In this respect, the Provisional Government of the Algerian Republic will stress its grave concern to ensure that at least the basic humanitarian principles will be respected in the Algerian conflict. Its acceptance of the application of Article 3 of the Conventions is not intended to indicate a change in its position regarding recognition of its belligerent status and of the existence of a state of war in Algeria.

To provide a clearer understanding of the interpretation intended to be given to the Articles mentioned above, the background and relevance of these Articles will be discussed, and reference will be made to the Records of the Diplomatic Conference of 1949 1 where the present Conventions and their provisions were discussed, drafted and adopted. Reference will also be made to the works of the members of the International Committee of the Red Cross 2 who were largely responsible for the inclusion of these Articles in the Conventions and who were present throughout the period of discussion.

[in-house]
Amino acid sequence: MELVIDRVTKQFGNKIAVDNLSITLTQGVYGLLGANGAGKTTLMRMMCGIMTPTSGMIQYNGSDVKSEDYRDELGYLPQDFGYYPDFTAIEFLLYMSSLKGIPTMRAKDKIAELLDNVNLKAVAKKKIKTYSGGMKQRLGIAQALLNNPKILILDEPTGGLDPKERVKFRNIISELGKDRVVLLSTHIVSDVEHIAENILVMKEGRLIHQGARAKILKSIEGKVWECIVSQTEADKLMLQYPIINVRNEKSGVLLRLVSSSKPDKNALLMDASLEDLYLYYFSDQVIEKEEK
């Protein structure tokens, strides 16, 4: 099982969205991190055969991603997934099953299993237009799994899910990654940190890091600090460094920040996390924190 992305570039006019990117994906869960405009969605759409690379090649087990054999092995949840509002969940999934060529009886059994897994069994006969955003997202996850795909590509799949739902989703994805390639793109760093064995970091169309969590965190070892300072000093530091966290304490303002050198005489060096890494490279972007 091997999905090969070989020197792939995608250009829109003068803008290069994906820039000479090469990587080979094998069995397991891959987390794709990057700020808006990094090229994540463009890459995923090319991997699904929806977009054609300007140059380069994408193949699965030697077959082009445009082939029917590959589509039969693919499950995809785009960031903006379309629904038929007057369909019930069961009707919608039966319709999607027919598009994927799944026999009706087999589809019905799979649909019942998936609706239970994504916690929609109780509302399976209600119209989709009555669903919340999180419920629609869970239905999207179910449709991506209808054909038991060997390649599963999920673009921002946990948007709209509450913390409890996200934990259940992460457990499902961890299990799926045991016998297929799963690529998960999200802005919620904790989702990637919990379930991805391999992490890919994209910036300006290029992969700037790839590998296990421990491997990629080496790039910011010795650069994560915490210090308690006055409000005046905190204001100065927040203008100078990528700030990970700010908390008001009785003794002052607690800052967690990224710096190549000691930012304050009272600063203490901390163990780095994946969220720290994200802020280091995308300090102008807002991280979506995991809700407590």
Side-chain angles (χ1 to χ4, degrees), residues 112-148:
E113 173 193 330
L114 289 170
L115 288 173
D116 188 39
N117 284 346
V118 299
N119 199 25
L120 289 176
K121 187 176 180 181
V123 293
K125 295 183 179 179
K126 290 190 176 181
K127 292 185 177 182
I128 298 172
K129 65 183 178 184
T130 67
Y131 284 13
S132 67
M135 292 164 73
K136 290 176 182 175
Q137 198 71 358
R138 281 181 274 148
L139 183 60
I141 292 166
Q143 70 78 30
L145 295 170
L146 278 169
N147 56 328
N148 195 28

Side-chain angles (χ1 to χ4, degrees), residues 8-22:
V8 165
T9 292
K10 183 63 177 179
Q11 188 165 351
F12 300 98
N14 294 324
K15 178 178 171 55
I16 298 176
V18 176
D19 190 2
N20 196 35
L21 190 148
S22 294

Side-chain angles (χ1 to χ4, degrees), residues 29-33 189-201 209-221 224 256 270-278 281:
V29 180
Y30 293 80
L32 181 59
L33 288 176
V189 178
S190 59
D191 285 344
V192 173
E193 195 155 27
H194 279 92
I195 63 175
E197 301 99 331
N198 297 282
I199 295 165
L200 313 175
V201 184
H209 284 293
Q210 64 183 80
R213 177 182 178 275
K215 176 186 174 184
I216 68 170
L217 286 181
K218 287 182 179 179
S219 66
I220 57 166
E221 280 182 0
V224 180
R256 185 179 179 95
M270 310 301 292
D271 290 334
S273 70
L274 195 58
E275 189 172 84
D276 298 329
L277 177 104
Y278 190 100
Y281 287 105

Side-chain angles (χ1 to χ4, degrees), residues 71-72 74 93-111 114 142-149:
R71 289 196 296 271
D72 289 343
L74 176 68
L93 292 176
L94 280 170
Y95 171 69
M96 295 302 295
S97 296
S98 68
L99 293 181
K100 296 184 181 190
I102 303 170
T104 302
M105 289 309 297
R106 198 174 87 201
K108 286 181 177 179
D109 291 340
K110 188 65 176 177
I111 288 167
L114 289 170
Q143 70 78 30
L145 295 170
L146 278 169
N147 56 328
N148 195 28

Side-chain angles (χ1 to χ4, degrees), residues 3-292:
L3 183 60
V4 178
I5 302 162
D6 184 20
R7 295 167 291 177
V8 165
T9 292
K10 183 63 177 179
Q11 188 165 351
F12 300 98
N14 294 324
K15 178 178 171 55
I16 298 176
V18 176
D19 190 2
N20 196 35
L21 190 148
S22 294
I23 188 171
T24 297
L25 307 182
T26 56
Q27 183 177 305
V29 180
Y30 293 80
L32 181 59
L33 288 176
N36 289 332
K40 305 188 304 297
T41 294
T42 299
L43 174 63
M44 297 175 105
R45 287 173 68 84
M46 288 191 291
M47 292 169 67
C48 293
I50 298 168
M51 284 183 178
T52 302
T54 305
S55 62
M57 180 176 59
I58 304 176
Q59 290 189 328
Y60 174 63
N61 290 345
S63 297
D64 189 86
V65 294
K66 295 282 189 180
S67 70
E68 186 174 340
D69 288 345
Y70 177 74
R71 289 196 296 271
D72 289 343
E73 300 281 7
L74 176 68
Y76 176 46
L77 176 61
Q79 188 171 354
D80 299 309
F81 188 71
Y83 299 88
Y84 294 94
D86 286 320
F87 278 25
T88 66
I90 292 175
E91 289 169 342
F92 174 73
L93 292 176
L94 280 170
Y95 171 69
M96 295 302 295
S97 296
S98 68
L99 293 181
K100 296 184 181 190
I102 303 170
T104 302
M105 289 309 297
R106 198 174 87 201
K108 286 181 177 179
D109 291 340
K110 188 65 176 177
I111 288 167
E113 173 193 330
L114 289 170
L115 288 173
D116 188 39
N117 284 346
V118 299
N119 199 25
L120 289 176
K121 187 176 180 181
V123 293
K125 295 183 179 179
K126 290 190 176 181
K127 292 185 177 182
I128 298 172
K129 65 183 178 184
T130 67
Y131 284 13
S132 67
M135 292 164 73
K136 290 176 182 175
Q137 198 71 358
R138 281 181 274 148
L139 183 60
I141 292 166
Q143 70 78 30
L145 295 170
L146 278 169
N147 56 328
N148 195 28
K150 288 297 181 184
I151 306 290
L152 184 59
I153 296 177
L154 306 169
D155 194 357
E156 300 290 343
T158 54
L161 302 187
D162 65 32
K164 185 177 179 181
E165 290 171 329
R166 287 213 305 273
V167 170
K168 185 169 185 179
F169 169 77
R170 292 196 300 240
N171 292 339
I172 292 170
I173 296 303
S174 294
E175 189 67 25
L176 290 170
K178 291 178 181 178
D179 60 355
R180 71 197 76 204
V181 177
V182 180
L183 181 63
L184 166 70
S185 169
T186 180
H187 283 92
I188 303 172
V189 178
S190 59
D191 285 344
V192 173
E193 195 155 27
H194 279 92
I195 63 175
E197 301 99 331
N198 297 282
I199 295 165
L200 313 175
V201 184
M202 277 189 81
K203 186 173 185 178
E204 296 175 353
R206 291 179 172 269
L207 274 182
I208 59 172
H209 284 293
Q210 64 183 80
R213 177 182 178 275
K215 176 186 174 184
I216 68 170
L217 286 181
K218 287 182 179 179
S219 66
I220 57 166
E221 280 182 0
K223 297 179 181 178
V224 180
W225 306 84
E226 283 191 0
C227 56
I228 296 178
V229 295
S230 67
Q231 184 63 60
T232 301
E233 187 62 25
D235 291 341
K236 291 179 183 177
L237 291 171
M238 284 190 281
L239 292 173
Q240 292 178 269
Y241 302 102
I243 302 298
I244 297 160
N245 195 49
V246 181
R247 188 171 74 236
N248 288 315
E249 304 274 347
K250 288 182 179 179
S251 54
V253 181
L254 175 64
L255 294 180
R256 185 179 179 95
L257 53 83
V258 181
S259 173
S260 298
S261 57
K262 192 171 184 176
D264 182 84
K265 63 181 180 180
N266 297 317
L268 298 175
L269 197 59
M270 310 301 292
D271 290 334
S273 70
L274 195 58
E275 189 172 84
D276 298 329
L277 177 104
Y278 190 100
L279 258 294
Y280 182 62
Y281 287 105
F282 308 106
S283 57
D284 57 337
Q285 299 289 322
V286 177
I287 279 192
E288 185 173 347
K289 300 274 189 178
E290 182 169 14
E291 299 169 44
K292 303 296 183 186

On the basis of this, it will be shown that, in conformity with the provisions of the Conventions and the clear intentions of its framers, there is no legal justification for the non-application of the humanitarian principles of the Geneva Conventions to the Algerian conflict.